In recent weeks, Moss has been hit four times by thieves who have emptied his tanks of its diesel.
With gas prices topping $4 per gallon across Southern California, crooks are bypassing the pump and siphoning it from easy targets like Moss' construction sites where his equipment is parked overnight.
"You show up the next morning to go to work and you find out nothing has fuel," Moss said. "You have to schedule fuel trucks to come in. You have everybody standing around getting paid."
Moss estimates the thefts have cost him between $8,000 and $9,000 in lost fuel.
"It seems like since fuel has spiked, we've had several jobs where somebody comes in and steals 1,800 to 2,000 gallons of fuel at one time," Moss said.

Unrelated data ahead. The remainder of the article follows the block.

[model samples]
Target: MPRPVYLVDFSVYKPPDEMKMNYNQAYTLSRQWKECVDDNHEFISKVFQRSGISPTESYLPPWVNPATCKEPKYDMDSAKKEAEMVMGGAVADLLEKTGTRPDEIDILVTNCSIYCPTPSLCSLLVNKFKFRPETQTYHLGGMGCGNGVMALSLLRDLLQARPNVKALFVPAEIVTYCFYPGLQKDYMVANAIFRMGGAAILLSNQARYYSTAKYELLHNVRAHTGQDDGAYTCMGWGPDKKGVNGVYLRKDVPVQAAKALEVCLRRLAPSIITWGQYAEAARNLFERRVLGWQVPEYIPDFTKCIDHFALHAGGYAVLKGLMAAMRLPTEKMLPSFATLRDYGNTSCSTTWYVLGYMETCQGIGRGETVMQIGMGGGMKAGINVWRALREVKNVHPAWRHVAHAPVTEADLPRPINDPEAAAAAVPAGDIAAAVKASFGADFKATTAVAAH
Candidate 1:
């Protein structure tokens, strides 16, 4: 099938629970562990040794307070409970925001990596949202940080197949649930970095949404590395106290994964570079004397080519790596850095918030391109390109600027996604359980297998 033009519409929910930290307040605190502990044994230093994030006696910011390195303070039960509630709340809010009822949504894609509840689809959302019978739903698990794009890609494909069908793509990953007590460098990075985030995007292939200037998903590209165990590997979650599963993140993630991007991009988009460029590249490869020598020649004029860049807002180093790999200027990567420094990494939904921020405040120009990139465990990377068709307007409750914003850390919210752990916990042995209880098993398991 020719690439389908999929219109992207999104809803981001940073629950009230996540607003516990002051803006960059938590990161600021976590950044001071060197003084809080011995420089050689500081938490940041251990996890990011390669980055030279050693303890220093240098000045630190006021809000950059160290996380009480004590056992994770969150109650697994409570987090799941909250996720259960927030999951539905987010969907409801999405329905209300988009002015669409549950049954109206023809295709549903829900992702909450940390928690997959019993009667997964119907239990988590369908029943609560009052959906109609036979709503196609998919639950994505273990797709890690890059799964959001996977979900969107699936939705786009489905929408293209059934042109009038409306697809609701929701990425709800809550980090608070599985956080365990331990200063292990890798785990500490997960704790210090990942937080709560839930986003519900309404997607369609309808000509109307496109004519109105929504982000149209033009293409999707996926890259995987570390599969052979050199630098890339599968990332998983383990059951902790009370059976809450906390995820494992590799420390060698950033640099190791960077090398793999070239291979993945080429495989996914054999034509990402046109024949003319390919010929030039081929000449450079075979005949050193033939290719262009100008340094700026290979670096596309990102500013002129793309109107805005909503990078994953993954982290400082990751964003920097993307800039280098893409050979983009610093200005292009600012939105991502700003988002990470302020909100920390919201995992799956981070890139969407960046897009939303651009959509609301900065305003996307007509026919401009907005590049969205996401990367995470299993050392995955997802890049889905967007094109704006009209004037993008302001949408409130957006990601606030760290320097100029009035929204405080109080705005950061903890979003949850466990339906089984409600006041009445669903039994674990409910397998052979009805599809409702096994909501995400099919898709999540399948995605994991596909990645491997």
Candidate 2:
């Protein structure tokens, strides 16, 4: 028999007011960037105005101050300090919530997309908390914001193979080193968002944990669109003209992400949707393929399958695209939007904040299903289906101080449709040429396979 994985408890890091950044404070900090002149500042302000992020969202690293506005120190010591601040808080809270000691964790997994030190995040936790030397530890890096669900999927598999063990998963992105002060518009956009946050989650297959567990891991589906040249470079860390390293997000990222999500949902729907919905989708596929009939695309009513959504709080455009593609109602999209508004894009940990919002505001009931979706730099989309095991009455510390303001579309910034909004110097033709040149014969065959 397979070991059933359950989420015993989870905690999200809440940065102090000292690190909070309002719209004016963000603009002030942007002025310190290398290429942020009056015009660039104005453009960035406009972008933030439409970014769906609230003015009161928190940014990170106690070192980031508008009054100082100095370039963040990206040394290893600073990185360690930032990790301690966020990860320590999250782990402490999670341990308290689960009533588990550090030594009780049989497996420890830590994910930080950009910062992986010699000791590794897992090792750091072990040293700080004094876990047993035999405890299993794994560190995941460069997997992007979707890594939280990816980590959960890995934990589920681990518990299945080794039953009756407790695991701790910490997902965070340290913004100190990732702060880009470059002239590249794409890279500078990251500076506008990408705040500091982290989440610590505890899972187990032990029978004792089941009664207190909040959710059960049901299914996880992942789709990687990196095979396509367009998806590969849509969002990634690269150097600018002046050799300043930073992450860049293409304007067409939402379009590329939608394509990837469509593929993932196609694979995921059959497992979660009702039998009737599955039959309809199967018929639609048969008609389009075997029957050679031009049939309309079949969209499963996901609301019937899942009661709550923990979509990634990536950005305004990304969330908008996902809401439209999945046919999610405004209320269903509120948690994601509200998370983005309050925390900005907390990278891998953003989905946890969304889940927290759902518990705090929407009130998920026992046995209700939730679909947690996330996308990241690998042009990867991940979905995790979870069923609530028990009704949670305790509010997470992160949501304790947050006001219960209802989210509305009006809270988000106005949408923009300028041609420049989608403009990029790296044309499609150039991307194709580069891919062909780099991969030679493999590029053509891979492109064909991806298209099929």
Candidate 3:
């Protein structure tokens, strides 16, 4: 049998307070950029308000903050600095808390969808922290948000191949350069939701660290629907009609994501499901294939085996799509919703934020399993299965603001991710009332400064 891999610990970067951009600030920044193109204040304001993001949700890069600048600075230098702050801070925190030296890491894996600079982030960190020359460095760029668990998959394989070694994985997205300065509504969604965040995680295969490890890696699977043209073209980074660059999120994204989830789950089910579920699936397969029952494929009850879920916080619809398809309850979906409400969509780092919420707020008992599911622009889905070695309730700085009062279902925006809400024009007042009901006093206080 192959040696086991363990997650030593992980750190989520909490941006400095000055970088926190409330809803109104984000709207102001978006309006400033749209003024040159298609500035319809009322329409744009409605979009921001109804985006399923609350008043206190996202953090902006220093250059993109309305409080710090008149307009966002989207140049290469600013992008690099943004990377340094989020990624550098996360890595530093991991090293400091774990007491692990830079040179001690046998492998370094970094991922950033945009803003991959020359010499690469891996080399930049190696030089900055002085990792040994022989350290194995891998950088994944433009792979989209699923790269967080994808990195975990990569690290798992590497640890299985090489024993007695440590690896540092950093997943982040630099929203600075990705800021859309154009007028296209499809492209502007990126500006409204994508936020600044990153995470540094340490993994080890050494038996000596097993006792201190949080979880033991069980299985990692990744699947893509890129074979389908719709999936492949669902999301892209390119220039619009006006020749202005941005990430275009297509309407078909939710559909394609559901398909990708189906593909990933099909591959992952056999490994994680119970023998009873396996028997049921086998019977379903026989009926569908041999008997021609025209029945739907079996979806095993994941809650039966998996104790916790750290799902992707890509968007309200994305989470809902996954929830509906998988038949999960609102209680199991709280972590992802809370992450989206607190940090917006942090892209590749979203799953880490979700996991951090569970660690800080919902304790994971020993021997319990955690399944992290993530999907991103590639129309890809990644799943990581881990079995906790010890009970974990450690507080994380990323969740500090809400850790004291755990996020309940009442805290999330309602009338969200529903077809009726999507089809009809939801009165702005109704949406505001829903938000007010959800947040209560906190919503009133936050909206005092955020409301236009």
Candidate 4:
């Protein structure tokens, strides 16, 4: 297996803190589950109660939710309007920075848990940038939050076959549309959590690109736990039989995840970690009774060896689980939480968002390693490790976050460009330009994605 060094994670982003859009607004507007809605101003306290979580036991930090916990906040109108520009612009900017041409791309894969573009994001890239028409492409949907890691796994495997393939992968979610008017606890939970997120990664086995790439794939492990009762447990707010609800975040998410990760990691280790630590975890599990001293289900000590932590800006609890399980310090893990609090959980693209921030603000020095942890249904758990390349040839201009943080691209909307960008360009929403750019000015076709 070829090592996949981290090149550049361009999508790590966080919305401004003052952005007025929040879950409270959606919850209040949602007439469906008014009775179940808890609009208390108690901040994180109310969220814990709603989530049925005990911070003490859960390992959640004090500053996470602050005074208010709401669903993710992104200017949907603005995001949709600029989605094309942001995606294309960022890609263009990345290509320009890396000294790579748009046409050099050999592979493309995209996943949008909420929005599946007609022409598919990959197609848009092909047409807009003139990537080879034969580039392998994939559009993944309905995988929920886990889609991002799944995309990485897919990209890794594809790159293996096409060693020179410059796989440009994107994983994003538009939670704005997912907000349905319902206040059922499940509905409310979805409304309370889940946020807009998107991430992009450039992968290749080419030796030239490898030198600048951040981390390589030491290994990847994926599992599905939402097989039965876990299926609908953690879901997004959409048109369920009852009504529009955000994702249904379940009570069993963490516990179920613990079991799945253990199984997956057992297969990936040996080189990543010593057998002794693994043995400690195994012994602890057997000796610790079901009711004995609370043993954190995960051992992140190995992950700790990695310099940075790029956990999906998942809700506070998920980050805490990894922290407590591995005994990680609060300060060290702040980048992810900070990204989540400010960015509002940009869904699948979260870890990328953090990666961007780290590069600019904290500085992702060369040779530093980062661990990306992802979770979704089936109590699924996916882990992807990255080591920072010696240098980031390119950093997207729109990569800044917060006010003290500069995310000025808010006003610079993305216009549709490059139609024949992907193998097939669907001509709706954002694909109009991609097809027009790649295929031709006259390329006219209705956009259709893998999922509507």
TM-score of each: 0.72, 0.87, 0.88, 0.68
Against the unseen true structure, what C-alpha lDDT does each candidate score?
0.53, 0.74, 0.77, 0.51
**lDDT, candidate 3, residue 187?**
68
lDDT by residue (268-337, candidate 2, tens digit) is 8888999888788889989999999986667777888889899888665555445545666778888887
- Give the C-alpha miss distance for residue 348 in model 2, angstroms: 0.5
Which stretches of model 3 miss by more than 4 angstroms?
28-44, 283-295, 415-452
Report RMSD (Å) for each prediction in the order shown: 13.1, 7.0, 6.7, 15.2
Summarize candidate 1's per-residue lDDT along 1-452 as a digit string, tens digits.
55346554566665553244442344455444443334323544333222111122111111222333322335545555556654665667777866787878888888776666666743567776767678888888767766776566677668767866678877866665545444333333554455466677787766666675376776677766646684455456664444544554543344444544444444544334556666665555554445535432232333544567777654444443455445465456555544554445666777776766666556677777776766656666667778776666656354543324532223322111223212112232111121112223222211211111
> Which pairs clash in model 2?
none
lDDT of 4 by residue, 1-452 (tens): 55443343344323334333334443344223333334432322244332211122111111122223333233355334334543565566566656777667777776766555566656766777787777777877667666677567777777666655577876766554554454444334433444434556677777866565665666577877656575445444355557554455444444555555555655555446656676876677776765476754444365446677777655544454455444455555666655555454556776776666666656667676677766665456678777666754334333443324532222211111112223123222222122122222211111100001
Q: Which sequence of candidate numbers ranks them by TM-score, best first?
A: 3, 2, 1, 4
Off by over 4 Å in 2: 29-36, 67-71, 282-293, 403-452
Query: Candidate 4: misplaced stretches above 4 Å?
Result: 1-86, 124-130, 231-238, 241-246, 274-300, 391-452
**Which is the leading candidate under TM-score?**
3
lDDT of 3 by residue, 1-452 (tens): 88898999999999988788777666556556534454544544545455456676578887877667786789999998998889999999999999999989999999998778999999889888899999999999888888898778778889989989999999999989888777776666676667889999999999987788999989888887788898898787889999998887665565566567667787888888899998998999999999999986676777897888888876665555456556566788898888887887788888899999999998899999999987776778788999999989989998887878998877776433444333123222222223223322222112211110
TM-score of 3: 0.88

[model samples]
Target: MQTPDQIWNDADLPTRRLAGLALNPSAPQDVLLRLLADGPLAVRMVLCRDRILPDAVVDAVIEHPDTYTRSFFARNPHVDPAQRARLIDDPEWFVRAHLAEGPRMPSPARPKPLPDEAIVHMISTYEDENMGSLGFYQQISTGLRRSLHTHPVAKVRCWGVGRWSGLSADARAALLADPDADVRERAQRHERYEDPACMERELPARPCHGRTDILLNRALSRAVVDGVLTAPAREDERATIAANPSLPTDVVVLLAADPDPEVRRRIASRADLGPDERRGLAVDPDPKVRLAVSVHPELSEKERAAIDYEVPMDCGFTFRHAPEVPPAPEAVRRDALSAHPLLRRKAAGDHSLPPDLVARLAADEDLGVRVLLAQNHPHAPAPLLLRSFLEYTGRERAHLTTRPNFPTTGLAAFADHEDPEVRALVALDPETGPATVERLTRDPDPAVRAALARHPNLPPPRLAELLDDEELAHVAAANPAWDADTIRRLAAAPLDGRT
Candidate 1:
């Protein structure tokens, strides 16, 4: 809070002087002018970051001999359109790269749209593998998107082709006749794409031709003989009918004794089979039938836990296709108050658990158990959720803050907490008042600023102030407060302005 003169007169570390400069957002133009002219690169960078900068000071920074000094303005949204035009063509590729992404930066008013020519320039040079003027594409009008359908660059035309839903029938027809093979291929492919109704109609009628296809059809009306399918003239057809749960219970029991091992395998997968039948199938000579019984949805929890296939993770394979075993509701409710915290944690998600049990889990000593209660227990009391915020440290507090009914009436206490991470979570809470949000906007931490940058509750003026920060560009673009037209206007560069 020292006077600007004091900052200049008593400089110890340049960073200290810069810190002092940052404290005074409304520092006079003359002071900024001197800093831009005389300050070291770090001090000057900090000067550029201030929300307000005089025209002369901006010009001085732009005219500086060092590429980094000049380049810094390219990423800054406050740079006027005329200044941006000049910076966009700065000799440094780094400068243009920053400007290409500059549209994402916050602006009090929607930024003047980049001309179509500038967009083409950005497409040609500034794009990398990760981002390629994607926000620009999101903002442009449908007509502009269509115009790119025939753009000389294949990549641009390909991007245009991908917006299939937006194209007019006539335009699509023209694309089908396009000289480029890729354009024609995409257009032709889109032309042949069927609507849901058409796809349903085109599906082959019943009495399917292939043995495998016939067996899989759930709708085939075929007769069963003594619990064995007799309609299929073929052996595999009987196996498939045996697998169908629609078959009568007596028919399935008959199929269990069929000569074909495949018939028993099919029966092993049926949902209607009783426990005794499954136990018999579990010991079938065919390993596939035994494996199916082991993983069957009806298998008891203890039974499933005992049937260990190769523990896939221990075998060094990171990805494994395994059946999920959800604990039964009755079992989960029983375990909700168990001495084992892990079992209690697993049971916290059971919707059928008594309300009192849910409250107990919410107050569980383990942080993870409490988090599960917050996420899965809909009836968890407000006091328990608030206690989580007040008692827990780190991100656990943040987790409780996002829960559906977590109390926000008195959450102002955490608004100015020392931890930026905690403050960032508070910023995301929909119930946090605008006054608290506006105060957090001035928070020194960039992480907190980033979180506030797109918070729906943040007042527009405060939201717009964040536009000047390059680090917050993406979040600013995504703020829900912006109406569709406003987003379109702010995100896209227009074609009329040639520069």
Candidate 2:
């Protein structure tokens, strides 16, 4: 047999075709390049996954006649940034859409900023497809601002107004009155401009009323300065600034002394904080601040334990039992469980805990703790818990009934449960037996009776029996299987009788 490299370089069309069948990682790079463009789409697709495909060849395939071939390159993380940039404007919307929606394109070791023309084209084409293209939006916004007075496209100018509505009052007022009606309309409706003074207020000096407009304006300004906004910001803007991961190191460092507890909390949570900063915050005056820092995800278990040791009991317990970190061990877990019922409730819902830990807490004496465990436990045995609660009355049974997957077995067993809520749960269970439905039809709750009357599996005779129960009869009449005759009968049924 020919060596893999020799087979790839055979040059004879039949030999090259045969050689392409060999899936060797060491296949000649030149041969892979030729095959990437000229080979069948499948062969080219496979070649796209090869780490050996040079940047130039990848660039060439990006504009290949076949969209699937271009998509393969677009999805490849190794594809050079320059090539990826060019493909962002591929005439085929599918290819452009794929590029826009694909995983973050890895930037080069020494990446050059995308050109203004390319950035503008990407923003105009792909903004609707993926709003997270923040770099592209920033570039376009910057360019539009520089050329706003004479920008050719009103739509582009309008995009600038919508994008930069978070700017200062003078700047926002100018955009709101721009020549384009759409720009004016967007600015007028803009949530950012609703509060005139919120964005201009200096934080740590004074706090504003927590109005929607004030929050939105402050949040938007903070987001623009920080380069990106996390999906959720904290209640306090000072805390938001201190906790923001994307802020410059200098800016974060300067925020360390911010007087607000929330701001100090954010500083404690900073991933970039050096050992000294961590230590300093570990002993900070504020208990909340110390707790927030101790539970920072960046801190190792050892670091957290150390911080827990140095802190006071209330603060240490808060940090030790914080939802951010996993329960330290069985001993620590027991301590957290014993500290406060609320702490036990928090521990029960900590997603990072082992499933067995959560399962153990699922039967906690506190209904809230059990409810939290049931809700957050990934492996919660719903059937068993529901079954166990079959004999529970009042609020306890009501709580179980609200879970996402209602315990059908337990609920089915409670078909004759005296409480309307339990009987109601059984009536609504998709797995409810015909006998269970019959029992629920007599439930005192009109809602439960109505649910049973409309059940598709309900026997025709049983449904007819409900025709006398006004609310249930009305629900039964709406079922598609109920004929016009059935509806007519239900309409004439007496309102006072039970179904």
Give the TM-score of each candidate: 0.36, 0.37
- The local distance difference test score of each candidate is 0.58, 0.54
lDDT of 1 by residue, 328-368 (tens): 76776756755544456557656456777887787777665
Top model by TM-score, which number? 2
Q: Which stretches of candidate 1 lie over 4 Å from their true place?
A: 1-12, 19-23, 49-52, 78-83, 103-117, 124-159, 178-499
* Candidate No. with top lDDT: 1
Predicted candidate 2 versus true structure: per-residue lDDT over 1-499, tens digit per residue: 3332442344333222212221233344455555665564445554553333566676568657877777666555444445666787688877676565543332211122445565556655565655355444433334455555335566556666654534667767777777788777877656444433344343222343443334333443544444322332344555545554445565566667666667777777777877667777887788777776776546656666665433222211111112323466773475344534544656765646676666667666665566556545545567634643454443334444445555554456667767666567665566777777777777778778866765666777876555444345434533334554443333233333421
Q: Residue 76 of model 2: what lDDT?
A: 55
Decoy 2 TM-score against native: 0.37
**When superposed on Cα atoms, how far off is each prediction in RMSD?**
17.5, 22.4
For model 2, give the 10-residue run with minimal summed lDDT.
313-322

Gas expert Patrick DeHaan of GasBuddy.com says the thefts are part of a national trend.
"As it is, many commodities, not just oil - copper and many others - have a higher value than they did just a year ago so it becomes an increasing target of theft," he said.
Truck stops are also another popular destination for thieves.
Long haul driver Candice Smith says her tank was siphoned in 2008 when gas prices were at an all-time high.
"They're hurting everyone because when our prices go up, then the cost of food goes up. We haul mostly food products," Smith said.
The crime, which takes only minutes to commit, has a lasting effect on small businesses.
For Moss, the economy has already taken its toll on construction. Now it's gas thieves that are putting another dent in his bottom line.
"We're already working on such small profit margins that it basically takes out all the money on the job," he said.